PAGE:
As difficult as the practical challenges are to deal with concerning an estate plan with multiple children, they usually pale in comparison to the fairness challenges that can sometimes plague even the most thoughtful estate plan.

Equitable challenges to naming your children as equal beneficiaries

If you want your estate plan to treat your children as equally as possible, there's a good chance it could lead to one or more of your children feeling slighted due to perceived unfair treatment. The best way to explain how this might happen is to provide several hypothetical situations.

Situation 1

There are two child beneficiaries in an estate plan and their names are Bob and Mary. When the parents of Bob and Mary die, Bob is 24 years old has a college degree (paid for by his parents), and he's now working full-time in a lucrative career. Mary is 17 years old and still in high school, but she plans on going to college after she graduates. The parents' estate plan has Bob and Mary each getting $50,000.

Mary feels this plan is unfair because she'll likely have to spend at least some of the $50,000 inheritance on her college tuition. Unlike Bob, her parents won't be alive to help her pay for college.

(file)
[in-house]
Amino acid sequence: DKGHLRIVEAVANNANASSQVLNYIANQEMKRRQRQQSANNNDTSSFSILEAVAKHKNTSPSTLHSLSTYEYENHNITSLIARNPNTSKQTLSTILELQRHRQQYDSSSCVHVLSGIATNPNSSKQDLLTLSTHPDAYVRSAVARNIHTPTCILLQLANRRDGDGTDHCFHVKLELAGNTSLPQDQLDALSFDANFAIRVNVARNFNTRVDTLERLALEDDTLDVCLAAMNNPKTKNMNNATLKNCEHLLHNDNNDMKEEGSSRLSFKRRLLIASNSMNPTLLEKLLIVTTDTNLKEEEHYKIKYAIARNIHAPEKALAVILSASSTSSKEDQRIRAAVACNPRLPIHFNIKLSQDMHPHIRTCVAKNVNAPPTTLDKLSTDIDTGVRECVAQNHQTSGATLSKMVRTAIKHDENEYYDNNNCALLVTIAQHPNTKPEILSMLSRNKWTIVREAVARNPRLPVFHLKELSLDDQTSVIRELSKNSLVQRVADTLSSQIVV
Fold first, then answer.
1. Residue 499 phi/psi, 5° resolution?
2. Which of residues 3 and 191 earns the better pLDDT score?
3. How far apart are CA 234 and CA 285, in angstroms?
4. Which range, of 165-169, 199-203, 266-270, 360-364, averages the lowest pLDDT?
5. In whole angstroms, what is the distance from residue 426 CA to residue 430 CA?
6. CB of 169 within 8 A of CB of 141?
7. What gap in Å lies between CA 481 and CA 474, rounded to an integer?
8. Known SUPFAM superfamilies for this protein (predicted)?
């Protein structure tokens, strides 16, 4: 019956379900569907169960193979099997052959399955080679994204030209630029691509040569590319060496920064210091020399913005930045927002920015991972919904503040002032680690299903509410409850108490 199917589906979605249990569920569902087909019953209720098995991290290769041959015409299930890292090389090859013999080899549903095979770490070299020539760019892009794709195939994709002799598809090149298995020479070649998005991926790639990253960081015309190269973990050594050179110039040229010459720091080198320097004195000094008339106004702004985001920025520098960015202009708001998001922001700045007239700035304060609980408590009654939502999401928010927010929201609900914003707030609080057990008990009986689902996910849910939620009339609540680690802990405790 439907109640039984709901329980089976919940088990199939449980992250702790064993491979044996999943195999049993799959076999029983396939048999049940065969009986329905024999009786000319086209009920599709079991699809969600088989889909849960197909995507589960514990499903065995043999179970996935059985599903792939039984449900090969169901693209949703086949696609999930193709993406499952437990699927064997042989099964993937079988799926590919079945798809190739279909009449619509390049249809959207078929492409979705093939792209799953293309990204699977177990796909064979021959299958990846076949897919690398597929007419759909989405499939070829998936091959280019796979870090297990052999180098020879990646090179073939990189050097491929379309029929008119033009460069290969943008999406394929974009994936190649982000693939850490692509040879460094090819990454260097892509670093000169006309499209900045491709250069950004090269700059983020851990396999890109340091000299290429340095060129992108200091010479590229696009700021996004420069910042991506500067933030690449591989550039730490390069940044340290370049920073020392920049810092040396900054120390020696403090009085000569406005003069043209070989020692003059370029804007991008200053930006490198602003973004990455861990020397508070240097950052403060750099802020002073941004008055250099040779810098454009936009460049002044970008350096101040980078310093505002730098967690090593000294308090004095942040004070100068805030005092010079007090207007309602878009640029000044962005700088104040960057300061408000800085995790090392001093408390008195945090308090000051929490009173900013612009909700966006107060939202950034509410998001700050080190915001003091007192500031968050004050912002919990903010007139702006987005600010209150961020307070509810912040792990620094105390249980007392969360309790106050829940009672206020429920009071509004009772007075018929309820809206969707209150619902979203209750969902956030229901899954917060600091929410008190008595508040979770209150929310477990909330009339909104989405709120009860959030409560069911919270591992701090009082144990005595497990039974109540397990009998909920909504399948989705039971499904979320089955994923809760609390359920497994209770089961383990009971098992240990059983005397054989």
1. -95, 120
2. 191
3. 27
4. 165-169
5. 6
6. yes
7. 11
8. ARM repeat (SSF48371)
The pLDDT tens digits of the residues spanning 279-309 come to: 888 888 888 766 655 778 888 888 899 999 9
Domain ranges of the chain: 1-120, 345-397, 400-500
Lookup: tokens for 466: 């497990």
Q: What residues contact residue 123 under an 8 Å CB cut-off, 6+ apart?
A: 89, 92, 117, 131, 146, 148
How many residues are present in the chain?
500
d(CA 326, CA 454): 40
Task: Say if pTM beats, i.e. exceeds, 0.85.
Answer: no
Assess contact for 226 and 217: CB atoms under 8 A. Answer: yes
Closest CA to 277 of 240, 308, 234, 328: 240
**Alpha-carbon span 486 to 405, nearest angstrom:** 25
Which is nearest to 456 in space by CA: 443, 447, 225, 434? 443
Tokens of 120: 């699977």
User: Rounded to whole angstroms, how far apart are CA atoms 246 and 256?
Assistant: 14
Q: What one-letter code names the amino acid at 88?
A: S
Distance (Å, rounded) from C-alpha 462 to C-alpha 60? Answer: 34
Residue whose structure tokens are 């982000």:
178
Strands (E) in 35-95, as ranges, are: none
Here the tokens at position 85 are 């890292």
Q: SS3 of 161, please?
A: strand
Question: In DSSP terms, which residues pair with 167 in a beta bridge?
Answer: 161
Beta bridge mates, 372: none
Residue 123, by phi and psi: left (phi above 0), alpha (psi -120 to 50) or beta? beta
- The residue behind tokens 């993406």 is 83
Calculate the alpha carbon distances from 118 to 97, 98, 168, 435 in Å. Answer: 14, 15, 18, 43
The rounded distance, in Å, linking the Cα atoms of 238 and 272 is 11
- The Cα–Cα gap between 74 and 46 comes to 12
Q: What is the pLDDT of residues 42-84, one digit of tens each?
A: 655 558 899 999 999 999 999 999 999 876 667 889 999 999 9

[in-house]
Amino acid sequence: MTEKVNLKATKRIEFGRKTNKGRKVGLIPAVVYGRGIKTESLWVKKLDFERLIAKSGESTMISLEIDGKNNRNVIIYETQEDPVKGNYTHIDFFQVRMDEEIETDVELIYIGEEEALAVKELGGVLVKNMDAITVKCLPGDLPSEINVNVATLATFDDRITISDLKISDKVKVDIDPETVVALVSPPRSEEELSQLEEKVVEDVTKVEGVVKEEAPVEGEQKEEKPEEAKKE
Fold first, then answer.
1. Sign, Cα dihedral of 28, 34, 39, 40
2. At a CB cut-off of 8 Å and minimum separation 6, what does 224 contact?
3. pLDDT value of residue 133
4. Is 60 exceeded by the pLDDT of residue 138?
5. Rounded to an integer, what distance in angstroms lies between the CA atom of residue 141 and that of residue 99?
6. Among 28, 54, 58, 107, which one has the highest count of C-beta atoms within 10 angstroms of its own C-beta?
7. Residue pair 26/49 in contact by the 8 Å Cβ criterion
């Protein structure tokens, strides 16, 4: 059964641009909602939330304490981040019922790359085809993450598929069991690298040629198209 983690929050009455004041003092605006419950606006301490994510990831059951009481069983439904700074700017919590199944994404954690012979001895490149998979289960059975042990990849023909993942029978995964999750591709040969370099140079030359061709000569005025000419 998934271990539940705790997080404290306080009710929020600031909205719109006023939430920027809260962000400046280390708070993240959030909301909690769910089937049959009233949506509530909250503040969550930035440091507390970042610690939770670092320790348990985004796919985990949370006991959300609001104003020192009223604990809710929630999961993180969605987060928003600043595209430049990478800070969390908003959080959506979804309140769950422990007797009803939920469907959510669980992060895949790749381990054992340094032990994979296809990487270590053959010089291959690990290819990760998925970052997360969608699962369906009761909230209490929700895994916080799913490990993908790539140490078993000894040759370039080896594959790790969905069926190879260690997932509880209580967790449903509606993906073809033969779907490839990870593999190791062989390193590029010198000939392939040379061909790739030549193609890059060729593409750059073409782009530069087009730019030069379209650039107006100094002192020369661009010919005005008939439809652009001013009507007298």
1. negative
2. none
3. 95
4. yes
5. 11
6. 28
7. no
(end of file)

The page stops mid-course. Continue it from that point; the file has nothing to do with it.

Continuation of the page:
Situation 2

John is 65 years old and prides himself on living independently. However, he's getting to a point where that's no longer possible. Despite this, he doesn't need to move into an assisted-living facility. Instead, he can continue living at home, but he'll need someone to stop by at least once a day to check on him and assist him with a few tasks.

John has three adult children, Abbey, Brandon and Charlie. They all live by themselves in the same town John lives in. Despite all three being capable of helping their father, only Charlie is willing to do so. Charlie moves in with his father to care for him for the final years of his life.

When John passes away 10 years later, the only significant asset in his estate is his home, which he lived in with Charlie. John decides to leave the home to his three children, as tenants in common, with each of them having a one-third legal interest in the home. When Charlie learns of this, he's upset, as he feels the home should have been left to him. Or at the very least, he felt he should have received a 50% interest in the home, with Abbey and Brandon each getting a 25% interest.

Situation 3